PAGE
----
Focal Area and Cross Cutting Strategies – Biodiversity and Sustainable Forest Management. GEF Expanded Constituency Workshop March 22 – 24, 2011 Kyiv, Ukraine. Biodiversity. Goal : the conservation and sustainable use of biodiversity and the maintenance of ecosystem goods and services
Focal Area and Cross Cutting Strategies – Biodiversityand Sustainable Forest Management
5 Biodiversity Strategy Objectives
Responds to Key Drivers of Biodiversity Loss
Biodiversity Portfolio Monitoring
Forests deliver multiple environmental and social benefits:
to play a much larger role in mitigating climate change.
The GEF has been funding forest projects since its inception in 1991.
Forests/Forest management is not a focal area. Until 2006, GEF support for forests was therefore mainly provided through the biodiversity and land degradation focal areas.
In June 2007, the GEF-4 SFM Program was created, better know as the Tropical Forest Account (TFA). The TFA reserved funds from the Biodiversity, Climate Change, and Land Degradation focal areas for SFM operations in the three major tropical forest blocks (Amazonia, Congo Basin, New Guinea/Borneo).
In total, > $400 million were invested in forests in GEF-4.
Under GEF-4, investments in forests were mainly single-focal area biodiversity conservation projects, thus not emphasizing the potential multiple benefits.
The goal for GEF-5 investment in SFM is to achieve multiple environmental benefits from improved management of all types of forests.
Forest policy, legal and regulatoryframework (re)formulation;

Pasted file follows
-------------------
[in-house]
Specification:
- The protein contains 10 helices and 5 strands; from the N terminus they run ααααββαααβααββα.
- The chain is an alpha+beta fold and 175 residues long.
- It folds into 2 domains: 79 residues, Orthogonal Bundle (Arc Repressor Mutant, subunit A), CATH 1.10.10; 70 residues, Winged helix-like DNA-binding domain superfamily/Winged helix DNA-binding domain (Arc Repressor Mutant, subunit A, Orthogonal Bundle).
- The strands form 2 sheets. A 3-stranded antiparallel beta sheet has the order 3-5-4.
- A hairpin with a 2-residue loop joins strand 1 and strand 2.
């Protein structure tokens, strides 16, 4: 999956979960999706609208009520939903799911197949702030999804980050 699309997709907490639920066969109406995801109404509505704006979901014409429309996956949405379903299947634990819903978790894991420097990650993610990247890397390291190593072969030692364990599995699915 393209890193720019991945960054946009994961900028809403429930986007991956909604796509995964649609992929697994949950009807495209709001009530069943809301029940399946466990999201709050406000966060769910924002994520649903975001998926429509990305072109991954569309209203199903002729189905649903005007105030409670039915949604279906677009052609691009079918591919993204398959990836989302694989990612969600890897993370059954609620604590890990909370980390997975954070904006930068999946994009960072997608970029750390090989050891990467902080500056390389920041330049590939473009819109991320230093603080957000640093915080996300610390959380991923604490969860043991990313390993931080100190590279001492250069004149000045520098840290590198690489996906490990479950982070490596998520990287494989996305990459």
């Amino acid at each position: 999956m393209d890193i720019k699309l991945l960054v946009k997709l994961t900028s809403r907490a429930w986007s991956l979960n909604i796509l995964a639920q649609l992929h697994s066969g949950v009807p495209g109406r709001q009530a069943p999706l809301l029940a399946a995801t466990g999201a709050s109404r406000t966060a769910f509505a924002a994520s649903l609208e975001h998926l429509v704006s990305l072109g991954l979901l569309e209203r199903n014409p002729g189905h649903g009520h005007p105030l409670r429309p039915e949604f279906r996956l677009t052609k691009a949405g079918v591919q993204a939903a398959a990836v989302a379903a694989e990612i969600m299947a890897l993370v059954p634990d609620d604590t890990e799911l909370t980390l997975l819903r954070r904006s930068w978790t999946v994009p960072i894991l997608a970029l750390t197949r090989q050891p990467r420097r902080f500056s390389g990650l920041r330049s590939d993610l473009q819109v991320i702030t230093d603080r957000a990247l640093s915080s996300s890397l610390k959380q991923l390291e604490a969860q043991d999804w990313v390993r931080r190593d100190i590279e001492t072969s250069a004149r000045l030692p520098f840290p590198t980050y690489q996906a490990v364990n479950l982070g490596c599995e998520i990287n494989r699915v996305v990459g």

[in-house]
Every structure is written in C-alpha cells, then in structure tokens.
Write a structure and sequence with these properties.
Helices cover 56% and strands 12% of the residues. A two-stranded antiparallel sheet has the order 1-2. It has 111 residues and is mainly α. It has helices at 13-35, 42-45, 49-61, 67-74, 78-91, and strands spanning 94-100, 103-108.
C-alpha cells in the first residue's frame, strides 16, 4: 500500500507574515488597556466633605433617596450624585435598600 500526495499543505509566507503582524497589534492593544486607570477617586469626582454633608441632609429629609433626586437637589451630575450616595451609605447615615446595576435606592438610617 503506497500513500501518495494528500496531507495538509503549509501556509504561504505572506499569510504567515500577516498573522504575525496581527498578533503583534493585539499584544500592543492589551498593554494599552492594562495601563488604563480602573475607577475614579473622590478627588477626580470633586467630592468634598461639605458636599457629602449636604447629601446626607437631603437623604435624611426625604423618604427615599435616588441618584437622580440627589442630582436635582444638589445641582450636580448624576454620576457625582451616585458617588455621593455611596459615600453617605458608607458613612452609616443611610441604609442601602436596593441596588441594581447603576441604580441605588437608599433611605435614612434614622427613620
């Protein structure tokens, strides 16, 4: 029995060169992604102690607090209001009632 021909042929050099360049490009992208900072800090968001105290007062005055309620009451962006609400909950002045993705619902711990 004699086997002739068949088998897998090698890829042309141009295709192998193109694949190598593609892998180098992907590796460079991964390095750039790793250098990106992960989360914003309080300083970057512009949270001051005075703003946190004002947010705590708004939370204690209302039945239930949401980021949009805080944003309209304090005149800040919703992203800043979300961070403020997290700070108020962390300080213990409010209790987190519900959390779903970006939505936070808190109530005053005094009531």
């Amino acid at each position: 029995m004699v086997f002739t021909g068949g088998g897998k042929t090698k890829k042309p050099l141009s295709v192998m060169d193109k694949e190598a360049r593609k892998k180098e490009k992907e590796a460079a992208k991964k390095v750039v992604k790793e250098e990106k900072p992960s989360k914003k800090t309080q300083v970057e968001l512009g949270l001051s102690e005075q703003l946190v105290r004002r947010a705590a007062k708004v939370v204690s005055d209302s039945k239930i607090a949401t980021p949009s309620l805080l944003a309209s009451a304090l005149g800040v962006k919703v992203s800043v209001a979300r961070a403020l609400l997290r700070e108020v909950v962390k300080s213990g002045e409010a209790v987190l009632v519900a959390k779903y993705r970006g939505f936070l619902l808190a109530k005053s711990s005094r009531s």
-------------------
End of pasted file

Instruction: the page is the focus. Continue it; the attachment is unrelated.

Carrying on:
Forest law enforcement andgovernment (FLEG);
Sustainable harvesting technologies for timber and non-timber products, forest function and management planning;
Forest certification and verification of timber supply chains;
Integrated forest fire management;
Conflict resolution approaches (e.g. disputed forest tenure and use);
Capacity building/Piloting of Payment for Ecosystem Services, economic valuation tools.
Industrial, agricultural and domestic technologies reducing the pressure on forest (energy efficiency, fuel substitution);
Increasing ecological connectivity at landscape level;
Community and small-holder forestry
Competition for land use and land-usechanges (e.g. land use potential and related planning activities; trade-off analysis);
Building of technical and institutional capacities to monitor and reduce GHG emissions from deforestation and forest degradation;
Testing and adopting approaches that allow for the generation of revenues from the carbonmarket.